Tech Industry

THE DAY AHEAD: Analysts&#039&#039 snooping sparks PC sales worries

COMMENTARY -- The Christmas shopping season is under way, and that means Wall Street's finest minds are watching your PC buying habits. In a game of one-upmanship, analysts are counting shopping carts in an effort to gauge PC demand.

Gauging PC demand is a Wall Street fad. Every year -- usually Thanksgiving weekend -- some analysts head to Best Buy and other electronics retailers to count how many iMacs, Compaqs and eMachines are being sold. This year's ritual has gained more importance -- analysts have to show their research is deep and valuable in the land of Regulation FD.

Yes folks, that guy hiding behind that aisle may be one of Wall Street's top gurus.

The fact is that it's a bit too early to glean a lot of information about PC sales, but that hasn't stopped analysts from issuing a barrage of research notes. PC Data reported a 9 percent to 10 percent decline in PC unit shipments through the retail sales channel. That stat has put PC watchers on high alert.

In a research note, Kevin McCarthy, an analyst with CS First Boston, noted that PC demand was mixed and indicated a potential drop-off compared to last year. "We surveyed floor sales personnel from 12 stores in a three-state area (New York, New Jersey and Texas) and the general theme of their responses was mixed with respect to weekend demand," he wrote.

McCarthy reckons that there is no dominant trend this holiday season and we'll see "slightly below average" PC sales. Below average means 7 percent consumer growth compared to 38 percent in 1999.

He noted that Compaq's (NYSE: CPQ) all-in-one PC, which sells for $899, is a big seller, along with Apple's (Nasdaq: AAPL) iMac. However, folks weren't walking out with many of Apple's G4 Cubes, and McCarthy expects the company to advertise aggressively to lower inventory.

Not to be outdone was Salomon Smith Barney analyst Richard Gardner. He issued a research note that warned about Apple, Compaq and a few others. "Apple is working hard to clear out the channel ahead of January product announcements," he wrote. "The December quarter's operating loss may be wider than expected."

Gardner's checks, which covered several Bay area retail stores, could indicate that inventory levels are up at a time when demand is down. "Most major PC OEMs are already stuck with one of two options: continue filling the channel to meet 4Q consensus expectations and pay with inventory write-downs during 1Q; or scale back build plans for the fourth quarter and miss 4Q expectations," said Gardner.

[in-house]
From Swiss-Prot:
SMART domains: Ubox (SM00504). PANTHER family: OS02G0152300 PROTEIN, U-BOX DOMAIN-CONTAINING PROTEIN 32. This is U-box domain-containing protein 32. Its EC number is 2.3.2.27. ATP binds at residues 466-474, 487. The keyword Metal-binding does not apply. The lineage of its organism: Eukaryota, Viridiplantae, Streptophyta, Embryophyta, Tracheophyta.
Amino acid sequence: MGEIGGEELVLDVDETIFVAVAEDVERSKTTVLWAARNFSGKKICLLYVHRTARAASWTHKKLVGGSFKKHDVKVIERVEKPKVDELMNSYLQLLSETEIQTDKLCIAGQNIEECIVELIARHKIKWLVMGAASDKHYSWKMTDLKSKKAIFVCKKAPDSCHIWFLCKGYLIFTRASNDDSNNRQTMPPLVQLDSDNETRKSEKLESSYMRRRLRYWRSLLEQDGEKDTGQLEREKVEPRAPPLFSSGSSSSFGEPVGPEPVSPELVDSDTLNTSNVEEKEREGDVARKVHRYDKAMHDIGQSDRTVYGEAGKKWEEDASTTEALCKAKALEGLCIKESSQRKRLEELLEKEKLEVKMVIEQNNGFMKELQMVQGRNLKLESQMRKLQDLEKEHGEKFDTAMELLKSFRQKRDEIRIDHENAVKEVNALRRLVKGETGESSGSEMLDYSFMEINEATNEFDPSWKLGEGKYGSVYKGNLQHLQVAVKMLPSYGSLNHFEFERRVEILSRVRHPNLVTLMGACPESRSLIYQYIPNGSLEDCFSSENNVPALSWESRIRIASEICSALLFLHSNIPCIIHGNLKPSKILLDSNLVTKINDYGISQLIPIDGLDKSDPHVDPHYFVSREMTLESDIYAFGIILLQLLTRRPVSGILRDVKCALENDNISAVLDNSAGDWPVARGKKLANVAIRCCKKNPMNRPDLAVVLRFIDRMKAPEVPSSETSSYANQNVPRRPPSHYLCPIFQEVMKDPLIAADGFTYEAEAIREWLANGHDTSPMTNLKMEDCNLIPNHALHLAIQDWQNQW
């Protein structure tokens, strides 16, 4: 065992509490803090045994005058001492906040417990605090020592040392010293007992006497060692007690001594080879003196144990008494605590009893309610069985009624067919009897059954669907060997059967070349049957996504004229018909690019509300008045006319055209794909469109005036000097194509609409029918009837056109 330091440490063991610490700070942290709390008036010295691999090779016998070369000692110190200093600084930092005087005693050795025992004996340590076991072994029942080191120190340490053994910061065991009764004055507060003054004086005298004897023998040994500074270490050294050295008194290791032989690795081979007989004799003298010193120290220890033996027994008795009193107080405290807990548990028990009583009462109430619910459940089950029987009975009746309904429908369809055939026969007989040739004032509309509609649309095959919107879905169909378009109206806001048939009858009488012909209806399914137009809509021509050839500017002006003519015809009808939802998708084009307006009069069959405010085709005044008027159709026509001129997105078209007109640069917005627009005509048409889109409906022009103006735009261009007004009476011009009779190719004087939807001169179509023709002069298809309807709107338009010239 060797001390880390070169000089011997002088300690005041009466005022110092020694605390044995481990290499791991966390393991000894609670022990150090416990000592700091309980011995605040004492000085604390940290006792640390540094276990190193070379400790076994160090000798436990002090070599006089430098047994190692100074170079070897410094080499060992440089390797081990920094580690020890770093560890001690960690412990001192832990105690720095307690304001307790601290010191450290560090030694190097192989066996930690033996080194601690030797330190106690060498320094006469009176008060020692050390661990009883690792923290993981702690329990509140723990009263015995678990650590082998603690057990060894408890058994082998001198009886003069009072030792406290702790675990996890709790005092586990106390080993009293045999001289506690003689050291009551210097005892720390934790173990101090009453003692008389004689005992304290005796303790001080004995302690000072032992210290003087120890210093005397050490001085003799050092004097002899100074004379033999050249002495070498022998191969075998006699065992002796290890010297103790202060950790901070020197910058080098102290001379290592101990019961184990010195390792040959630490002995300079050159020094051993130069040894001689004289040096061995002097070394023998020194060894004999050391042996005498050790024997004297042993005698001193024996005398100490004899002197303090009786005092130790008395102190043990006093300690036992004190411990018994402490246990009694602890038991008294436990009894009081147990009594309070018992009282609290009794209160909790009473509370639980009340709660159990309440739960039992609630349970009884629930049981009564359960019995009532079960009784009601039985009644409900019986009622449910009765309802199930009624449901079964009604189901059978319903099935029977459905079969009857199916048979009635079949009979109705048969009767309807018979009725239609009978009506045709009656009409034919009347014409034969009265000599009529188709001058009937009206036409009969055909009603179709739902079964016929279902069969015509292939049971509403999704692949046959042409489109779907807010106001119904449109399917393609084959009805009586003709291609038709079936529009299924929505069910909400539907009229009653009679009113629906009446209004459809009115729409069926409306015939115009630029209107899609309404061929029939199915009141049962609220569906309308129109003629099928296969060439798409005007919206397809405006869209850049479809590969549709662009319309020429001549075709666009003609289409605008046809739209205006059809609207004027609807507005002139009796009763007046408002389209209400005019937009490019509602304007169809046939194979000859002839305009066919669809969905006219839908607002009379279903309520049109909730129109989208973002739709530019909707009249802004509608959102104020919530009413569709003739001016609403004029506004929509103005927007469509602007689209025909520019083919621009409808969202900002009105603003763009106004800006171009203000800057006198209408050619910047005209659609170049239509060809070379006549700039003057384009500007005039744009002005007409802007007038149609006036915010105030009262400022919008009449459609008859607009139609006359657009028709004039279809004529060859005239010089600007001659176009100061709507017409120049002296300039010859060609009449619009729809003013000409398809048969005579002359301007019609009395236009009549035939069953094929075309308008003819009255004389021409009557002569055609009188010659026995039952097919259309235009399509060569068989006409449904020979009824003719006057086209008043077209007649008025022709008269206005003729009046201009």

Here's the early line (we emphasize early) on the big consumer PC vendors:

  • Apple: Gardner noted that Apple is flushing out inventory, which isn't news since the company already issued a profit warning. Apple is trying to juggle rebates and lower prices with falling component costs. Gardner noted that it's still too early to predict falling prices on the December quarter, but said he thought Apple could miss its revised guidance. G4 Cubes still aren't selling well, analysts said.

  • Compaq: Analysts seemed to agree that Compaq is selling well to consumers. The catch is Compaq's inventory levels. Gardner was worried about inventory, but added it's too early to assess risks. CS First Boston was upbeat about Compaq's sales, which were strong in the third quarter. Analysts said Compaq may be moving more boxes than Hewlett-Packard (NYSE: HWP).

  • eMachines (Nasdaq: EEEE): Mixed signals on this PC vendor. CS First Boston said eMachines was selling well because folks want a good deal and a PC that can do just the basics. Gardner said eMachines inventory levels are a problem and discounting could wipe out a big chunk of the company's cash. Compaq and HP could make life hellish for eMachines in the retail wars.

  • Gateway (NYSE: GTW): Armed with what Gardner calls the best business model in the PC industry, Gateway is a player this Christmas with its Country Stores. Analysts said Gateway's quarter is on target, but it's early -- the period between Thanksgiving and Christmas represents 50 percent of quarterly sales. Merrill Lynch analyst Steven Fortuna lowered his sales estimates Wednesday and said he expects the company to give guidance on its quarter. TDAIN


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